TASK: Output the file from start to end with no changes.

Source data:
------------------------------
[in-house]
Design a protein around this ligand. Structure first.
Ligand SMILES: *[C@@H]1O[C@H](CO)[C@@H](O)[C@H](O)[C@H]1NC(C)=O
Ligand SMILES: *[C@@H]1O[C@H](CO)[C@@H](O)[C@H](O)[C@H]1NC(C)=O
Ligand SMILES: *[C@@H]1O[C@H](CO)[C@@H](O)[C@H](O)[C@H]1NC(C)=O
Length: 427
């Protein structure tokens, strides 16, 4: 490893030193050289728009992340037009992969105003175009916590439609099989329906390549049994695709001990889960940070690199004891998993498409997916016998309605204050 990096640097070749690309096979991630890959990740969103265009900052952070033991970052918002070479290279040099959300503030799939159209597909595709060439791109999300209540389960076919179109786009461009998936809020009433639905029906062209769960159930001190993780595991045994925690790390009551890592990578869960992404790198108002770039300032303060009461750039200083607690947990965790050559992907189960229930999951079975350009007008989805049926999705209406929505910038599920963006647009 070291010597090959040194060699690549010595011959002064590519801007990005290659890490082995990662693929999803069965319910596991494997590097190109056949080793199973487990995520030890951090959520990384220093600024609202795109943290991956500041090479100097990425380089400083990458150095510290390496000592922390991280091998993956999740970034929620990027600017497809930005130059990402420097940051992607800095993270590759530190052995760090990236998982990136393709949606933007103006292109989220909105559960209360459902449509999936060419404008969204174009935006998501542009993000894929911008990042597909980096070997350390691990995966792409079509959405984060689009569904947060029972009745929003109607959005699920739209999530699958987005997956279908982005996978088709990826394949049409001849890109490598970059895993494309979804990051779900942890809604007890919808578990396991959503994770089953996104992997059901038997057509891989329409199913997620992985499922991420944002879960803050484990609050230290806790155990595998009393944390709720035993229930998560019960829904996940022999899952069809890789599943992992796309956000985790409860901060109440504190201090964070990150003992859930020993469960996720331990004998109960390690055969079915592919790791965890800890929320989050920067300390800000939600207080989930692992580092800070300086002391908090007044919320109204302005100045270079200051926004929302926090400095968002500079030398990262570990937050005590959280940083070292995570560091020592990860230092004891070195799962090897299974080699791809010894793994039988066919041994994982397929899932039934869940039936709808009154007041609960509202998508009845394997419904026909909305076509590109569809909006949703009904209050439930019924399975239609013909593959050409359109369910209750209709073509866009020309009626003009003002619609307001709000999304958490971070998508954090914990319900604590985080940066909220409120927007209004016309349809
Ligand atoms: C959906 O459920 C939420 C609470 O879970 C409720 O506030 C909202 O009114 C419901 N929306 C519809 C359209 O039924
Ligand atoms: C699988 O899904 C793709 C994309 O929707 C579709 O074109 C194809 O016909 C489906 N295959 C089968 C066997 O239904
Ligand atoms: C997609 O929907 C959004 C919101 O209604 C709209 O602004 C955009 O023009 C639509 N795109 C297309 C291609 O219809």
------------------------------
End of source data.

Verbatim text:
[in-house]
Design a protein around this ligand. Structure first.
Ligand SMILES: *[C@@H]1O[C@H](CO)[C@@H](O)[C@H](O)[C@H]1NC(C)=O
Ligand SMILES: *[C@@H]1O[C@H](CO)[C@@H](O)[C@H](O)[C@H]1NC(C)=O
Ligand SMILES: *[C@@H]1O[C@H](CO)[C@@H](O)[C@H](O)[C@H]1NC(C)=O
Length: 427
């Protein structure tokens, strides 16, 4: 490893030193050289728009992340037009992969105003175009916590439609099989329906390549049994695709001990889960940070690199004891998993498409997916016998309605204050 990096640097070749690309096979991630890959990740969103265009900052952070033991970052918002070479290279040099959300503030799939159209597909595709060439791109999300209540389960076919179109786009461009998936809020009433639905029906062209769960159930001190993780595991045994925690790390009551890592990578869960992404790198108002770039300032303060009461750039200083607690947990965790050559992907189960229930999951079975350009007008989805049926999705209406929505910038599920963006647009 070291010597090959040194060699690549010595011959002064590519801007990005290659890490082995990662693929999803069965319910596991494997590097190109056949080793199973487990995520030890951090959520990384220093600024609202795109943290991956500041090479100097990425380089400083990458150095510290390496000592922390991280091998993956999740970034929620990027600017497809930005130059990402420097940051992607800095993270590759530190052995760090990236998982990136393709949606933007103006292109989220909105559960209360459902449509999936060419404008969204174009935006998501542009993000894929911008990042597909980096070997350390691990995966792409079509959405984060689009569904947060029972009745929003109607959005699920739209999530699958987005997956279908982005996978088709990826394949049409001849890109490598970059895993494309979804990051779900942890809604007890919808578990396991959503994770089953996104992997059901038997057509891989329409199913997620992985499922991420944002879960803050484990609050230290806790155990595998009393944390709720035993229930998560019960829904996940022999899952069809890789599943992992796309956000985790409860901060109440504190201090964070990150003992859930020993469960996720331990004998109960390690055969079915592919790791965890800890929320989050920067300390800000939600207080989930692992580092800070300086002391908090007044919320109204302005100045270079200051926004929302926090400095968002500079030398990262570990937050005590959280940083070292995570560091020592990860230092004891070195799962090897299974080699791809010894793994039988066919041994994982397929899932039934869940039936709808009154007041609960509202998508009845394997419904026909909305076509590109569809909006949703009904209050439930019924399975239609013909593959050409359109369910209750209709073509866009020309009626003009003002619609307001709000999304958490971070998508954090914990319900604590985080940066909220409120927007209004016309349809
Ligand atoms: C959906 O459920 C939420 C609470 O879970 C409720 O506030 C909202 O009114 C419901 N929306 C519809 C359209 O039924
Ligand atoms: C699988 O899904 C793709 C994309 O929707 C579709 O074109 C194809 O016909 C489906 N295959 C089968 C066997 O239904
Ligand atoms: C997609 O929907 C959004 C919101 O209604 C709209 O602004 C955009 O023009 C639509 N795109 C297309 C291609 O219809």